Brain Blog: Edition 1

Brain Blog: Edition 1

Welcome to Brain Blog: Edition 1

Thank you for taking the time to read our first ever blog post. We hope that we can use this platform to share with you some of the psychology & criminology news that we have read. Plus some of the debates and topics that are currently evolving in the world of these fascinated subjects. 

Why do we adopt new rules, such as social distancing?

 It appears that social influence does matter and we follow guidelines more when our close circle does. Recent research showed that people distanced most when they thought their social circle did. Social influence mattered more than people thinking distancing was the right thing to do. People’s adherence also aligned with their fellow citizens, but only if they felt deeply bonded with their country. (Tunçgenç, El Zein, et al, 2021)

Does private education make nicer people?

 It would appear not. Private and state school students differed marginally in social–emotional behaviours, such as self-control, volunteering, sexual conduct, and substance use. Only risk taking and age at having the first alcoholic drink differed between private and state school children, with the privately educated ones being less risk averse and drinking at younger ages than those attending state school. (Stumm & Plomin, 2021)

 What is a face worth?

There is ample evidence that attractive individuals are judged more favourably. However, the research carried out by Pandey & Zayas sought to find out if attractive individuals would still be judged favourably when decision-makers are given feedback.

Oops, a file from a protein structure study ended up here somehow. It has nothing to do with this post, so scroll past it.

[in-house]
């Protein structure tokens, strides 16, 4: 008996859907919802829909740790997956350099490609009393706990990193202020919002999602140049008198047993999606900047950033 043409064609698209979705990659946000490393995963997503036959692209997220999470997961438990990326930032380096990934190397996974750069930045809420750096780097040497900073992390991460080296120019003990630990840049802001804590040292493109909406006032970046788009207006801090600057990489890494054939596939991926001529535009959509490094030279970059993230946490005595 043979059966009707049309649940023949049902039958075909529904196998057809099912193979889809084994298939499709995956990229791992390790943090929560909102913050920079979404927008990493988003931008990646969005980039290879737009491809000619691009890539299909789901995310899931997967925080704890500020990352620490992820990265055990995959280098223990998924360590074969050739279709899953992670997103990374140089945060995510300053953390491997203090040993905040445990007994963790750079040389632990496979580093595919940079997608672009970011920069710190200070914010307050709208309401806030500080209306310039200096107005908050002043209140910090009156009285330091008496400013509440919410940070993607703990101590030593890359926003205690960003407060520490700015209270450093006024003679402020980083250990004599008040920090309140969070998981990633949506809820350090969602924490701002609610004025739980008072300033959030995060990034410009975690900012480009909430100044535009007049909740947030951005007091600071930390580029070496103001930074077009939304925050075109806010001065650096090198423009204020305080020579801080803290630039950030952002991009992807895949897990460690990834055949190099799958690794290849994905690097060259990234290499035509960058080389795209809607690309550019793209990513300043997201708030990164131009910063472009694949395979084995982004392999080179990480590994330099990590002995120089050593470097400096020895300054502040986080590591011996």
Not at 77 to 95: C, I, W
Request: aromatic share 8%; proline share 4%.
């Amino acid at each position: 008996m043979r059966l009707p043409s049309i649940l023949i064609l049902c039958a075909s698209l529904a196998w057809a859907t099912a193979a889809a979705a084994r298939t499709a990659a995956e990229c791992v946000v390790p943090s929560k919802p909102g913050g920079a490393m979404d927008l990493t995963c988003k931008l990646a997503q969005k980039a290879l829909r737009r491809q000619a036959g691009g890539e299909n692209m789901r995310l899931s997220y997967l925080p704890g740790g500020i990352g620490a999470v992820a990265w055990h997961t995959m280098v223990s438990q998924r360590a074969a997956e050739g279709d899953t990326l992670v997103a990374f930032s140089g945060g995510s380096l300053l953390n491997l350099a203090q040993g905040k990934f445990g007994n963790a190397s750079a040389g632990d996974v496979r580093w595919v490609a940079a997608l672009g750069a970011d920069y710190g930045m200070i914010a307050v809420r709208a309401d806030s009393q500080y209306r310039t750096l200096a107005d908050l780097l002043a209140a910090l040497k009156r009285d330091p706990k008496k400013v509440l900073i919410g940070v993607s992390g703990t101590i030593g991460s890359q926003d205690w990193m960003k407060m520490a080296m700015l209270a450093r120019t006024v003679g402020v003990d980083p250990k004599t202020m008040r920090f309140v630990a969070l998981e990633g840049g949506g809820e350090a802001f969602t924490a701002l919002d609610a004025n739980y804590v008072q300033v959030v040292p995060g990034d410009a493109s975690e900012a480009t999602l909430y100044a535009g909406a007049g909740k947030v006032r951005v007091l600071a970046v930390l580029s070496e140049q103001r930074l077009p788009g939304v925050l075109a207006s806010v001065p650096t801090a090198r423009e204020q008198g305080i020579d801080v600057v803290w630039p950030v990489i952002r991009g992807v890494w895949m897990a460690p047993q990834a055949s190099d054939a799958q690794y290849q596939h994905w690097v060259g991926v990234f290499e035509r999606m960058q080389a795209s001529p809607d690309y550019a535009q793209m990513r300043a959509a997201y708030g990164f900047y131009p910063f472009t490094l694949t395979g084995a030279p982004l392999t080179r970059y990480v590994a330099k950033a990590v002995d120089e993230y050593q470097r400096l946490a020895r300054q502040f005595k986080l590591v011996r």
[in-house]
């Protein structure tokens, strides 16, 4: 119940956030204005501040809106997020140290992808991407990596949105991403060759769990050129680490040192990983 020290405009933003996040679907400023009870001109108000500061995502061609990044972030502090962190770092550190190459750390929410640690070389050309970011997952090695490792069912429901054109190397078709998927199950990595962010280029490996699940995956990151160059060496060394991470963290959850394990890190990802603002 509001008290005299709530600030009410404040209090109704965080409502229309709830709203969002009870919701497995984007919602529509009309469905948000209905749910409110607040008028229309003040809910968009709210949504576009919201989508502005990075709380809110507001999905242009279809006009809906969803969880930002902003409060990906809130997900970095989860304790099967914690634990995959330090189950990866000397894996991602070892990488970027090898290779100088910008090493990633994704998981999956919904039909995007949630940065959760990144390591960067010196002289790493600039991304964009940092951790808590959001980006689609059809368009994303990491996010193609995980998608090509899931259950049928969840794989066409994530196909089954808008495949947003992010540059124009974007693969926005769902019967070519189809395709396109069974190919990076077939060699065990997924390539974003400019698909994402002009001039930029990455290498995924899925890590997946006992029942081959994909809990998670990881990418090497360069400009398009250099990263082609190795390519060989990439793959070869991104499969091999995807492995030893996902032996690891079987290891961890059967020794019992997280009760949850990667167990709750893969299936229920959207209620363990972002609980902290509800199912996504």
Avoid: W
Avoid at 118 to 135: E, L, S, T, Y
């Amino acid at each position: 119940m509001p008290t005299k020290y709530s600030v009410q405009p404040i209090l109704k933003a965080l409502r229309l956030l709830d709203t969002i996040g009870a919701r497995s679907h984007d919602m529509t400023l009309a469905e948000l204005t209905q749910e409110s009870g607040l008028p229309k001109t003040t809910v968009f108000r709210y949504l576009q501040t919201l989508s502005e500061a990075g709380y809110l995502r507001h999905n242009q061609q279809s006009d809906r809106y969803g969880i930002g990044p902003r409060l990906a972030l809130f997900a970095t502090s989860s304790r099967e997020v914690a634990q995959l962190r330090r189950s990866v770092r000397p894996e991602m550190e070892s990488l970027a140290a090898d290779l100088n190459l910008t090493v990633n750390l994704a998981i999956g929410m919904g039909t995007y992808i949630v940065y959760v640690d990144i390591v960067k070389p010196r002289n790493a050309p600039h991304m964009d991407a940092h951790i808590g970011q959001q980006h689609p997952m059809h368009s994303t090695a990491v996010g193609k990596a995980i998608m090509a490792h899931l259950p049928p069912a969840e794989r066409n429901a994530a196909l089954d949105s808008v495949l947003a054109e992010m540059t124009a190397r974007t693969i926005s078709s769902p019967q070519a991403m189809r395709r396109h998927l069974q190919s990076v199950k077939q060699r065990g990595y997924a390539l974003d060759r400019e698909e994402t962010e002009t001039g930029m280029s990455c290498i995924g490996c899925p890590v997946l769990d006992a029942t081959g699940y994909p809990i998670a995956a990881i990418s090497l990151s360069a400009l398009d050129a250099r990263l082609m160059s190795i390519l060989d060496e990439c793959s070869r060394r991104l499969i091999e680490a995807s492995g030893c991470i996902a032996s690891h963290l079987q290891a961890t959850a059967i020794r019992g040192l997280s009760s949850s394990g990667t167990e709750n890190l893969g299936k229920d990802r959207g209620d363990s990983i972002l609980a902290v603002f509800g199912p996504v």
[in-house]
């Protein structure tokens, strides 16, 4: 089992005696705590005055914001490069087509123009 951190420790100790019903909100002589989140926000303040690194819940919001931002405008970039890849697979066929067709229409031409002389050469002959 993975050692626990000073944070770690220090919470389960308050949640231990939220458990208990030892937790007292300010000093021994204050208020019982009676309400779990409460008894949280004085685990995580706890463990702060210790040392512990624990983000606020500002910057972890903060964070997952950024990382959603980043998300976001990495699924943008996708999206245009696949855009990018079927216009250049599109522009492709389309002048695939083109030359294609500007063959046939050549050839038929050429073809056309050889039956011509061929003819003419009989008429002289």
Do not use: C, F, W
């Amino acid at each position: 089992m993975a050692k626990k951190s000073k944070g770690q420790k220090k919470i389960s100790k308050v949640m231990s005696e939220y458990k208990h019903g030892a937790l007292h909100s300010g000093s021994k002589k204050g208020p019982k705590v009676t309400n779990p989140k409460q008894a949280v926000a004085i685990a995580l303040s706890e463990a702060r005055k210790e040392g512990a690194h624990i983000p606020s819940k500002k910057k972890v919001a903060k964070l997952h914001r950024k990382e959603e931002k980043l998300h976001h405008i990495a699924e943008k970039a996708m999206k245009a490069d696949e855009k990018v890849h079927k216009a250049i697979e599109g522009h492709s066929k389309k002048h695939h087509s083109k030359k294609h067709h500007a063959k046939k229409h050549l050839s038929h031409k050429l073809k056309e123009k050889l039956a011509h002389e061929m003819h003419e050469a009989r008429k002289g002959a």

Participants were presented with the faces of four potential financial partners, each shown side by side, and asked to select a partner that would maximise their profits. Participants then received feedback about the monetary gains or losses each of the partners had accrued.
What the participants did not know was that two of the partners, one attractive and one unattractive, were equal in monetary gains and two of the partners, one attractive and one unattractive, were equal in monetary losses.
Participants selected the attractive partners more throughout the task even though the unattractive partner was equally as profitable. In fact, they were quicker to reselect them even if they experienced a loss. (Gayathri Pandey & Vivian Zayas, 2021)

The effect of offender race/ethnicity on public opinion of appropriate criminal sentences

Research carried out in the USA by Forney & Lacy, published this month, sought to analyse the relationship between an offender's racial/ethnic status and the layperson's opinion of an appropriate sentence by investigating an array of racial/ethnic categories amongst a variety of crimes.
Undergraduate students were presented with crime stories and photos of offenders and asked to assign them a punishment.
Results showed that white offenders were sentenced more harshly for assault crimes and the difference in sentence was more significant when the participant viewed offenders from all five race/ethnicity categories.
The researchers point out that the results of this study may be reflective of the current socio-political climate in the US following the murder of George Floyd and as such they suggest a replication of this study to assess the longevity of these findings.


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